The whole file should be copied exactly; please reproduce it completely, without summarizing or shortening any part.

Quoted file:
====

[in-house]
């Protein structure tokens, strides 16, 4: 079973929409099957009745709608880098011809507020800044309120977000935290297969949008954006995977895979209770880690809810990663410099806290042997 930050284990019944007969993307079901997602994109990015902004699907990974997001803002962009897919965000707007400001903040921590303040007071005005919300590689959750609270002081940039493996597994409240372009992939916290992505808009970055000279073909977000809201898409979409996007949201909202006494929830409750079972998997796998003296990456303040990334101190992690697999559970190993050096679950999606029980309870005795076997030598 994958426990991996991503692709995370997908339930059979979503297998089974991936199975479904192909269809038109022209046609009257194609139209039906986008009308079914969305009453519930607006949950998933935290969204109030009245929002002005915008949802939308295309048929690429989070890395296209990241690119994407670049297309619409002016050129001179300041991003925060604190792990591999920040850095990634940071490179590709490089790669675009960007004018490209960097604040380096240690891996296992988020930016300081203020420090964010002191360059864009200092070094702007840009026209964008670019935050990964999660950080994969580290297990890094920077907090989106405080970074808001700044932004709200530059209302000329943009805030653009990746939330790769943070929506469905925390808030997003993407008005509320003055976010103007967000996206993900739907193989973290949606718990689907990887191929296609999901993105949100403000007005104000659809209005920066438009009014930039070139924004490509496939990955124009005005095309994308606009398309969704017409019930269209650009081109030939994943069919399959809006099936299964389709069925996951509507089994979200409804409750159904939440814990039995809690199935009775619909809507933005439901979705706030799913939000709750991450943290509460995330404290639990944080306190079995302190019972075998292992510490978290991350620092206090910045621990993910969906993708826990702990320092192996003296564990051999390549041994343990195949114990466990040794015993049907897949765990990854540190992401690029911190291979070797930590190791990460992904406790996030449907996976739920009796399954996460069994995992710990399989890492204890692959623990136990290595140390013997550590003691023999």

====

[in-house]
């Protein structure tokens, strides 16, 4: 079973929409099957009745709608880098011809507020800044309120977000935290297969949008954006995977895979209770880690809810990663410099806290042997 930050284990019944007969993307079901997602994109990015902004699907990974997001803002962009897919965000707007400001903040921590303040007071005005919300590689959750609270002081940039493996597994409240372009992939916290992505808009970055000279073909977000809201898409979409996007949201909202006494929830409750079972998997796998003296990456303040990334101190992690697999559970190993050096679950999606029980309870005795076997030598 994958426990991996991503692709995370997908339930059979979503297998089974991936199975479904192909269809038109022209046609009257194609139209039906986008009308079914969305009453519930607006949950998933935290969204109030009245929002002005915008949802939308295309048929690429989070890395296209990241690119994407670049297309619409002016050129001179300041991003925060604190792990591999920040850095990634940071490179590709490089790669675009960007004018490209960097604040380096240690891996296992988020930016300081203020420090964010002191360059864009200092070094702007840009026209964008670019935050990964999660950080994969580290297990890094920077907090989106405080970074808001700044932004709200530059209302000329943009805030653009990746939330790769943070929506469905925390808030997003993407008005509320003055976010103007967000996206993900739907193989973290949606718990689907990887191929296609999901993105949100403000007005104000659809209005920066438009009014930039070139924004490509496939990955124009005005095309994308606009398309969704017409019930269209650009081109030939994943069919399959809006099936299964389709069925996951509507089994979200409804409750159904939440814990039995809690199935009775619909809507933005439901979705706030799913939000709750991450943290509460995330404290639990944080306190079995302190019972075998292992510490978290991350620092206090910045621990993910969906993708826990702990320092192996003296564990051999390549041994343990195949114990466990040794015993049907897949765990990854540190992401690029911190291979070797930590190791990460992904406790996030449907996976739920009796399954996460069994995992710990399989890492204890692959623990136990290595140390013997550590003691023999």